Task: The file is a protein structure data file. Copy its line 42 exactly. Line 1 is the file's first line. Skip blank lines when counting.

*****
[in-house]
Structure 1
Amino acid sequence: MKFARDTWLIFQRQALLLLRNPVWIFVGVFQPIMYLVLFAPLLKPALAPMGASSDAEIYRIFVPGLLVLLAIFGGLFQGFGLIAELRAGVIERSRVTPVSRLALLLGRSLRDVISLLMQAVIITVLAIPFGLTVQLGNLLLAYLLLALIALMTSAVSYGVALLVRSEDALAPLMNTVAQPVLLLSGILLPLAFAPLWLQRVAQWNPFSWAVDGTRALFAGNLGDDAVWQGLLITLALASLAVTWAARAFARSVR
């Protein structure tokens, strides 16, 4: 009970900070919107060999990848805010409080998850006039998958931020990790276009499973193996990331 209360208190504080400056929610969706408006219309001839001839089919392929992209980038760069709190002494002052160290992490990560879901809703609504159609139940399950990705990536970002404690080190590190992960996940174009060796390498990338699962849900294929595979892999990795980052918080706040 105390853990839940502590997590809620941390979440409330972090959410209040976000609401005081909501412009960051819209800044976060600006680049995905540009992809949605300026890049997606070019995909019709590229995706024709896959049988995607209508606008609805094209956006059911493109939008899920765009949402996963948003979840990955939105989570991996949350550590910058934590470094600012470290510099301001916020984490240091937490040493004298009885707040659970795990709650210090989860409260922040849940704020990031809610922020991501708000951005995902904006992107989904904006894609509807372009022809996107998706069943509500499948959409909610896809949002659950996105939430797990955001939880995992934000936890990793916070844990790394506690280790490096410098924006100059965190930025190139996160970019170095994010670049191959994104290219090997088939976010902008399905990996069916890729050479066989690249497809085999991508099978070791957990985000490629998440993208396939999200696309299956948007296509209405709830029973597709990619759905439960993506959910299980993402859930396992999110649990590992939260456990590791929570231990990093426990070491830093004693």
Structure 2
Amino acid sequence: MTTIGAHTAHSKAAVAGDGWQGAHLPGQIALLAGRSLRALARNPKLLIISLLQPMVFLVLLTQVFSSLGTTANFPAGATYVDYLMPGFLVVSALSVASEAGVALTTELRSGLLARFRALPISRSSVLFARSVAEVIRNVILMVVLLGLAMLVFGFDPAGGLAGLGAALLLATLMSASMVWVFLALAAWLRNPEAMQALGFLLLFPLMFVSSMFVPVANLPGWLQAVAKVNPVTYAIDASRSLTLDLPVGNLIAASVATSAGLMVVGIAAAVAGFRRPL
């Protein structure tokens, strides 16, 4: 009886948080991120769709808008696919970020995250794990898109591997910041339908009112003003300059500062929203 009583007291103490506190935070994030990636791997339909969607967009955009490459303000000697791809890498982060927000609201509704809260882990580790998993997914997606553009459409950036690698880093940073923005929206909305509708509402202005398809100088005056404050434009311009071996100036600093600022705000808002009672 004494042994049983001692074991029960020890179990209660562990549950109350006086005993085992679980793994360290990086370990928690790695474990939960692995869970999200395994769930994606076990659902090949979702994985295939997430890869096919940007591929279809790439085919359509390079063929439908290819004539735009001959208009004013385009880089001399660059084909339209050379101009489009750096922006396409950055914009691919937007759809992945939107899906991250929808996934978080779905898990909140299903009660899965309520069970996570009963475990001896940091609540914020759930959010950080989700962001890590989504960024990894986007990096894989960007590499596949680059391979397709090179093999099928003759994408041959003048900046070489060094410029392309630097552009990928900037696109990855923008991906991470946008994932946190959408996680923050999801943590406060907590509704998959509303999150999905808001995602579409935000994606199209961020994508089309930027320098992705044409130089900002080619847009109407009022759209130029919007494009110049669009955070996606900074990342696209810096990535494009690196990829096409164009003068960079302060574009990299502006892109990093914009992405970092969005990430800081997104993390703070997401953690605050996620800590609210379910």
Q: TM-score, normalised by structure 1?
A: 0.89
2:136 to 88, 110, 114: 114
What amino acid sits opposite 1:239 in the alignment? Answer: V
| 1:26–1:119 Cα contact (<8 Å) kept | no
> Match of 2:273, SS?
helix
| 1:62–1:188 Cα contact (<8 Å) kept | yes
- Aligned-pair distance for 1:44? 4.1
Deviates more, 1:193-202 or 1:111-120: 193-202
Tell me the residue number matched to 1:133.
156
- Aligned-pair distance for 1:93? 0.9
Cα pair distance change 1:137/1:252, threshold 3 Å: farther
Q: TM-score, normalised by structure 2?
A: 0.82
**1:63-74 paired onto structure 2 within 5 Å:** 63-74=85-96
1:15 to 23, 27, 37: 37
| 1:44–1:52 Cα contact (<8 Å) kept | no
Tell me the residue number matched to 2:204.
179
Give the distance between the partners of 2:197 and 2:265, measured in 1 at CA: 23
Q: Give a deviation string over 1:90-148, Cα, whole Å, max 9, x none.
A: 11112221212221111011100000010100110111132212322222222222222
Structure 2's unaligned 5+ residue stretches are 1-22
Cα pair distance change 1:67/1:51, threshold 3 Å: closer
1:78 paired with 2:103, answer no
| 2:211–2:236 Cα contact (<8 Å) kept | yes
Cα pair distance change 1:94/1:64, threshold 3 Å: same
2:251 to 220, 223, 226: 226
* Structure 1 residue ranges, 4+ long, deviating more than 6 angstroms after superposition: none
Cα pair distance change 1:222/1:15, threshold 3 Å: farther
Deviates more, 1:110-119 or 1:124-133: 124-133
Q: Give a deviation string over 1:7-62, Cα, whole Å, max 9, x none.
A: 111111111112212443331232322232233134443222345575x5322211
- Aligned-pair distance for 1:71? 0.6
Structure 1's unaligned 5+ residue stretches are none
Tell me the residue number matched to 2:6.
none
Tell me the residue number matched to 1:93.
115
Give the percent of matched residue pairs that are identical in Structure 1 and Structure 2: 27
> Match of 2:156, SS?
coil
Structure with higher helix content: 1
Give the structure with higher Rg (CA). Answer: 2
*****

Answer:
A: 111111111112212443331232322232233134443222345575x5322211